[46] Pasta Carbonara

How to Cook Everything, Revised Edition by Mark Bittman

You’ll notice this recipe looks a touch out of order. Specifically, you might be wondering, “Where is recipe #45?” Well, I didn’t get any response on whether “Everyday Pancakes” out of “How to Cook Everything” and “How to Cook Everything Vegetarian” were multiple recipes or a single recipe. So, for the moment, I’m counting them as separate recipes, but not giving a post to something you’ve already heard about unless something truly interesting happens, or I figure out a very good new technique or something. That’s boring. So, let’s move on to more interesting topics.

I picked last night’s dinner idea mostly out of my brain, assuming one of my cookbooks would have a recipe. Actually, to be honest, I assumed more than one would. I was wrong, and so we ended up with yet another Bittman recipe. At this rate, I’m going to learn what Bittman has to teach via books almost by default!

We had dinner guests last night, Tony and Krysti. I’d asked them for likes, dislikes and allergies, and from that information came to the realization that both really enjoy pasta. I considered making the bolognase sauce again, but I wanted something new (for all of: my taste buds, this blog, and my dreams of someday buying another cookbook). I don’t know when or how the idea of Carbonara floated into my brain, but once it was there, I couldn’t dislodge it. I’m glad, though, because it was very simple. Furthermore, it was thoroughly enjoyed. At one point, Tony looked at Krysti and said, “Can we make bacon pasta soon?”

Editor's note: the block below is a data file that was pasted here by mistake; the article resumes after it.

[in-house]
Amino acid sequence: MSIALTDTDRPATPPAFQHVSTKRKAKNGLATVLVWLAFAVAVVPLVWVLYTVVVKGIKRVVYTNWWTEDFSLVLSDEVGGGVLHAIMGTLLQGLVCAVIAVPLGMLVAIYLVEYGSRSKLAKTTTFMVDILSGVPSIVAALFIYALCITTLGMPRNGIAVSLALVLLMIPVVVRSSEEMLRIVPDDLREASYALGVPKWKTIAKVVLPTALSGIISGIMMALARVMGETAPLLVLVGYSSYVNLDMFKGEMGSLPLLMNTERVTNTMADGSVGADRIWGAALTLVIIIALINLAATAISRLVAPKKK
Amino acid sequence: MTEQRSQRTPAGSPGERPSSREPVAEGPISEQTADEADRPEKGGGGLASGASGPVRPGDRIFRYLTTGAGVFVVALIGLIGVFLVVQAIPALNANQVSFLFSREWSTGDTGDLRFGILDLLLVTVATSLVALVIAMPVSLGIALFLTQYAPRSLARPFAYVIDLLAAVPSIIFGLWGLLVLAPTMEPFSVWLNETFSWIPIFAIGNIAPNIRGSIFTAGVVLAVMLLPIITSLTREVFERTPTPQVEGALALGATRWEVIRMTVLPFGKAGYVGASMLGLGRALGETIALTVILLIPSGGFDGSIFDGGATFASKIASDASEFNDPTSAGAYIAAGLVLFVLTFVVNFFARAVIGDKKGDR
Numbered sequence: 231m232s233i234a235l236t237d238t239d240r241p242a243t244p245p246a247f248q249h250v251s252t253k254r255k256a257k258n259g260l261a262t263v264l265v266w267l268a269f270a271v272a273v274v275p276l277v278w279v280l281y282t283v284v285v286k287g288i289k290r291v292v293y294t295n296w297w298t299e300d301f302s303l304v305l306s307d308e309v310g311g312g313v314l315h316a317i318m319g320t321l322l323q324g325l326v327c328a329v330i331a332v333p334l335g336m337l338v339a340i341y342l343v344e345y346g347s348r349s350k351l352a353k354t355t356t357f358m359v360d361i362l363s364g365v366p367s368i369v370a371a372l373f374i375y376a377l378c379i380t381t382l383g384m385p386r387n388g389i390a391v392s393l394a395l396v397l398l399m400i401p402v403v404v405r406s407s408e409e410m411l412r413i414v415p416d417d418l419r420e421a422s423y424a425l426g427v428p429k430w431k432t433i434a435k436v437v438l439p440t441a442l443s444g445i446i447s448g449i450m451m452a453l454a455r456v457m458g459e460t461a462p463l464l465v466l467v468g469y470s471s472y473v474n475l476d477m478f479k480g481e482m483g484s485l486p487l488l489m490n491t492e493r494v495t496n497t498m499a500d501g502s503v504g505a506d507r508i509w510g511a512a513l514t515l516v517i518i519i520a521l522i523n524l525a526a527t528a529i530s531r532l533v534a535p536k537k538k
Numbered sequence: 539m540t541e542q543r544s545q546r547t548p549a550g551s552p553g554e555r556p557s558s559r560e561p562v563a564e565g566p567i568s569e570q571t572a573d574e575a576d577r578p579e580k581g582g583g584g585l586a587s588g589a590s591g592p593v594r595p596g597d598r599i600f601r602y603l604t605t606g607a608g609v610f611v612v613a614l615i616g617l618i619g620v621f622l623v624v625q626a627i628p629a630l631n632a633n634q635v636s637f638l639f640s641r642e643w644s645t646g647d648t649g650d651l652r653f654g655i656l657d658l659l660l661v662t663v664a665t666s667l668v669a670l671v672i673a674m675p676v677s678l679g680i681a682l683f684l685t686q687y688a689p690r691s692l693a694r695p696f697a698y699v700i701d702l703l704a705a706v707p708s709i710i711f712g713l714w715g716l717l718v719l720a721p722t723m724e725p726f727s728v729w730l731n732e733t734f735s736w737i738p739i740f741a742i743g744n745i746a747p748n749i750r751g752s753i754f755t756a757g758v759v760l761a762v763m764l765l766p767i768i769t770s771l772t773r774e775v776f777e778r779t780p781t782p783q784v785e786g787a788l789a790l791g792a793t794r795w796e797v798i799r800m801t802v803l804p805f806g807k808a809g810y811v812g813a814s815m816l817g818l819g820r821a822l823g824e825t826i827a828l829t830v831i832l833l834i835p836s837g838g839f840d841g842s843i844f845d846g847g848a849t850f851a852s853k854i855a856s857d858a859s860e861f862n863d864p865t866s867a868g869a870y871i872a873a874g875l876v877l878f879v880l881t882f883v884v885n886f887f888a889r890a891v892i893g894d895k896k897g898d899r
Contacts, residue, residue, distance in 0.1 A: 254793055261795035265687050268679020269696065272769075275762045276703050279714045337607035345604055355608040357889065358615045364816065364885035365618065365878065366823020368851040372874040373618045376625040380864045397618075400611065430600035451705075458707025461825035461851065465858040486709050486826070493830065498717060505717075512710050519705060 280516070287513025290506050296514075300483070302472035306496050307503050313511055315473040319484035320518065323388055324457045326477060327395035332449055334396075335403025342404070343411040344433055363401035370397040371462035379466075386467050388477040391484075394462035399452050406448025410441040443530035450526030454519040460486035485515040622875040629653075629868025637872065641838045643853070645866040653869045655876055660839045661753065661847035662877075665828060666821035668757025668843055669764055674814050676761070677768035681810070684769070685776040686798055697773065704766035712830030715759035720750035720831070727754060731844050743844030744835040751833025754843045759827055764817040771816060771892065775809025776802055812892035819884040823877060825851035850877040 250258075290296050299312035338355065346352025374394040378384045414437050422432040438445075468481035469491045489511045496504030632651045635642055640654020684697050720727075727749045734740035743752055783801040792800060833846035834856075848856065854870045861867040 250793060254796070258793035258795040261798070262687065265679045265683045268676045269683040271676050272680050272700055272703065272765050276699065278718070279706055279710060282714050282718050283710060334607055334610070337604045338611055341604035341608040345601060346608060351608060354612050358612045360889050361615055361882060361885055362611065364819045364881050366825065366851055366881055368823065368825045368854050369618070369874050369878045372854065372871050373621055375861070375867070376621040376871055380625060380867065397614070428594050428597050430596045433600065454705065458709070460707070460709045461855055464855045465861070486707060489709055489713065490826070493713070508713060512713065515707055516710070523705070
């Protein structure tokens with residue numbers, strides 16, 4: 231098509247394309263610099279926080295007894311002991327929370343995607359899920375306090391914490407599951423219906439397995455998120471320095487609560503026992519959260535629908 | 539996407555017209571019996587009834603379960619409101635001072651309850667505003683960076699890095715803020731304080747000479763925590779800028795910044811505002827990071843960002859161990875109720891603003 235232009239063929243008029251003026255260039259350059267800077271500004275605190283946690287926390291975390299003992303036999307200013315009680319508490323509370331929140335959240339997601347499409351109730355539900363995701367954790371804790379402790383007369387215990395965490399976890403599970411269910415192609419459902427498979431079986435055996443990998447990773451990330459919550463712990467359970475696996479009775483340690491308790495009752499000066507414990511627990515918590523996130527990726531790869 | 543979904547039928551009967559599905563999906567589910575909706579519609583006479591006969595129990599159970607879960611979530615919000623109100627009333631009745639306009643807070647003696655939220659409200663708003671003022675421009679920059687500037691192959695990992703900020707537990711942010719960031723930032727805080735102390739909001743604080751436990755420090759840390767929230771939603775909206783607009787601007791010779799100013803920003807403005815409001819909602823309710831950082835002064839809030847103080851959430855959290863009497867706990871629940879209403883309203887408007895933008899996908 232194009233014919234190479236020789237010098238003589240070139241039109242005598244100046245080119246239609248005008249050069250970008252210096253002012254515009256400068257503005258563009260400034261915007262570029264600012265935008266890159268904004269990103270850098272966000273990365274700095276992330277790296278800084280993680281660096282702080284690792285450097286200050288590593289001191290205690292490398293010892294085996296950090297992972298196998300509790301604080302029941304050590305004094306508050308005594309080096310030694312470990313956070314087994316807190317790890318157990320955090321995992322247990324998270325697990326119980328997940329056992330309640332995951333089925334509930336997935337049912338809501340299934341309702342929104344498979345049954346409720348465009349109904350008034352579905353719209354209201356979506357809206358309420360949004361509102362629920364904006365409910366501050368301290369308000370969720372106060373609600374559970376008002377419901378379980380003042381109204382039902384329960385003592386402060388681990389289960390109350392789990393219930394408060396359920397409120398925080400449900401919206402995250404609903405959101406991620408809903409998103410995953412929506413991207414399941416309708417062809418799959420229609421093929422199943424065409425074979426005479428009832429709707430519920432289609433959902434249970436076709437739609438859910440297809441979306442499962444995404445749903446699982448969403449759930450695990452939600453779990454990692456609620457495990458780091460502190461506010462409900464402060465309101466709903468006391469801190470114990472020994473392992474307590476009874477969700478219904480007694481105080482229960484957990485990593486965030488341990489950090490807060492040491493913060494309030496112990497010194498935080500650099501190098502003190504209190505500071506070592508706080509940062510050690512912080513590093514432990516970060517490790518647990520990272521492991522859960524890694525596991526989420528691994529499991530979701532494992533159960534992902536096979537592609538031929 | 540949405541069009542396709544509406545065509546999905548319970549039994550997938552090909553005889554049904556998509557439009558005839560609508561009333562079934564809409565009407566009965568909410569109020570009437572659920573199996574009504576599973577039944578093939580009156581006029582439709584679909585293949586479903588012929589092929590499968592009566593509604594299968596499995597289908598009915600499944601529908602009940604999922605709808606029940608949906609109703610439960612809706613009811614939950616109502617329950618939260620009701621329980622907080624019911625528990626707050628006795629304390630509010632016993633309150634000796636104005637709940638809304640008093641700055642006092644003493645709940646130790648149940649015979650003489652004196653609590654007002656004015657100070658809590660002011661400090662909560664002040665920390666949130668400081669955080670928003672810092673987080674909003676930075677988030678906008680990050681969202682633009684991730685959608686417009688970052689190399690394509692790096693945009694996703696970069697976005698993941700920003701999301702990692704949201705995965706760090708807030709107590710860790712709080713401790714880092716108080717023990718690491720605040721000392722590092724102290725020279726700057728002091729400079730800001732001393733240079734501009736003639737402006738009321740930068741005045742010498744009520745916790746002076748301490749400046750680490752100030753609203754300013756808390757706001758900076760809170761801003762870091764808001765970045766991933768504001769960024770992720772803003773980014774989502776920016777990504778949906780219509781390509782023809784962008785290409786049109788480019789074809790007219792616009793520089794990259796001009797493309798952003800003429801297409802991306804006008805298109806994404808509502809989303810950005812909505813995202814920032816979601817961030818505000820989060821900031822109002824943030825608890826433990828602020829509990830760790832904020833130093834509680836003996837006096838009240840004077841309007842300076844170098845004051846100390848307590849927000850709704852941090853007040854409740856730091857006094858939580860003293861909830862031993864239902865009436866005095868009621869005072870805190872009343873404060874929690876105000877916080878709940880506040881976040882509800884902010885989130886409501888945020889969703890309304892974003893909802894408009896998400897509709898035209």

Ingredients

Salt (For the pasta water. I never salt my pasta water, so I consider this optional.)
2 tbsp extra-virgin olive oil
1/2 c chopped pancetta, guanciale or bacon (We used pancetta.)
1 lb linguine or other long pasta (Or, you know, mini-farfalle.)
1/2 c freshly grated Parmesan cheese (We used 12 month aged Manchego instead)
Lots of freshly ground black pepper (Which you can apparently forget and still have Tony love your dish.)

Instructions

Make your pasta according to the package directions. While waiting on the water, start cooking the pancetta. Put the oil over medium heat and cook the pancetta until deliciously crispy (he says ~10 minutes, I say it might take longer), stirring on occasion. Once the pancetta is done, turn off the heat.